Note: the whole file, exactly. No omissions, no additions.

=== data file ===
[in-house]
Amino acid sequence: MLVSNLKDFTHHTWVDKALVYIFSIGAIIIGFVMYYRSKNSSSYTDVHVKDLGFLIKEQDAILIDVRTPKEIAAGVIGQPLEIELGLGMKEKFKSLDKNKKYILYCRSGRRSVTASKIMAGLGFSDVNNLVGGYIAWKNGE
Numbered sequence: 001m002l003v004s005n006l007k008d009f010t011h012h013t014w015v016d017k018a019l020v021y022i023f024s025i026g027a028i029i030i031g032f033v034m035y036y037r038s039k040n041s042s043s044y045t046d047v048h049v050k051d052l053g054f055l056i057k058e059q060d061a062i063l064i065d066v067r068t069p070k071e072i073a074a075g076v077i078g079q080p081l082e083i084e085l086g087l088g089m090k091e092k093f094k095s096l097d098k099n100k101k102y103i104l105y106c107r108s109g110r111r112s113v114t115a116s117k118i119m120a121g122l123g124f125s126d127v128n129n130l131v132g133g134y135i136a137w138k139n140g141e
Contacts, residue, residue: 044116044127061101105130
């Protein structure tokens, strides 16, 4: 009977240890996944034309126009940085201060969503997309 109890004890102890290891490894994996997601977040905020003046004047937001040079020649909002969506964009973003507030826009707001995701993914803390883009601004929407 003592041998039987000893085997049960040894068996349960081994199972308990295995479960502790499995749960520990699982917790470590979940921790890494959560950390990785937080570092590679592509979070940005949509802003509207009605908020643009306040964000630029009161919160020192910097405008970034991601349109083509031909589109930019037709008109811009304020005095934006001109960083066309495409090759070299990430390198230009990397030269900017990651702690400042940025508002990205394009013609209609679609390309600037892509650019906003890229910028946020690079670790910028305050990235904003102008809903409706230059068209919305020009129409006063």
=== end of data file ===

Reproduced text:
[in-house]
Amino acid sequence: MLVSNLKDFTHHTWVDKALVYIFSIGAIIIGFVMYYRSKNSSSYTDVHVKDLGFLIKEQDAILIDVRTPKEIAAGVIGQPLEIELGLGMKEKFKSLDKNKKYILYCRSGRRSVTASKIMAGLGFSDVNNLVGGYIAWKNGE
Numbered sequence: 001m002l003v004s005n006l007k008d009f010t011h012h013t014w015v016d017k018a019l020v021y022i023f024s025i026g027a028i029i030i031g032f033v034m035y036y037r038s039k040n041s042s043s044y045t046d047v048h049v050k051d052l053g054f055l056i057k058e059q060d061a062i063l064i065d066v067r068t069p070k071e072i073a074a075g076v077i078g079q080p081l082e083i084e085l086g087l088g089m090k091e092k093f094k095s096l097d098k099n100k101k102y103i104l105y106c107r108s109g110r111r112s113v114t115a116s117k118i119m120a121g122l123g124f125s126d127v128n129n130l131v132g133g134y135i136a137w138k139n140g141e
Contacts, residue, residue: 044116044127061101105130
């Protein structure tokens, strides 16, 4: 009977240890996944034309126009940085201060969503997309 109890004890102890290891490894994996997601977040905020003046004047937001040079020649909002969506964009973003507030826009707001995701993914803390883009601004929407 003592041998039987000893085997049960040894068996349960081994199972308990295995479960502790499995749960520990699982917790470590979940921790890494959560950390990785937080570092590679592509979070940005949509802003509207009605908020643009306040964000630029009161919160020192910097405008970034991601349109083509031909589109930019037709008109811009304020005095934006001109960083066309495409090759070299990430390198230009990397030269900017990651702690400042940025508002990205394009013609209609679609390309600037892509650019906003890229910028946020690079670790910028305050990235904003102008809903409706230059068209919305020009129409006063």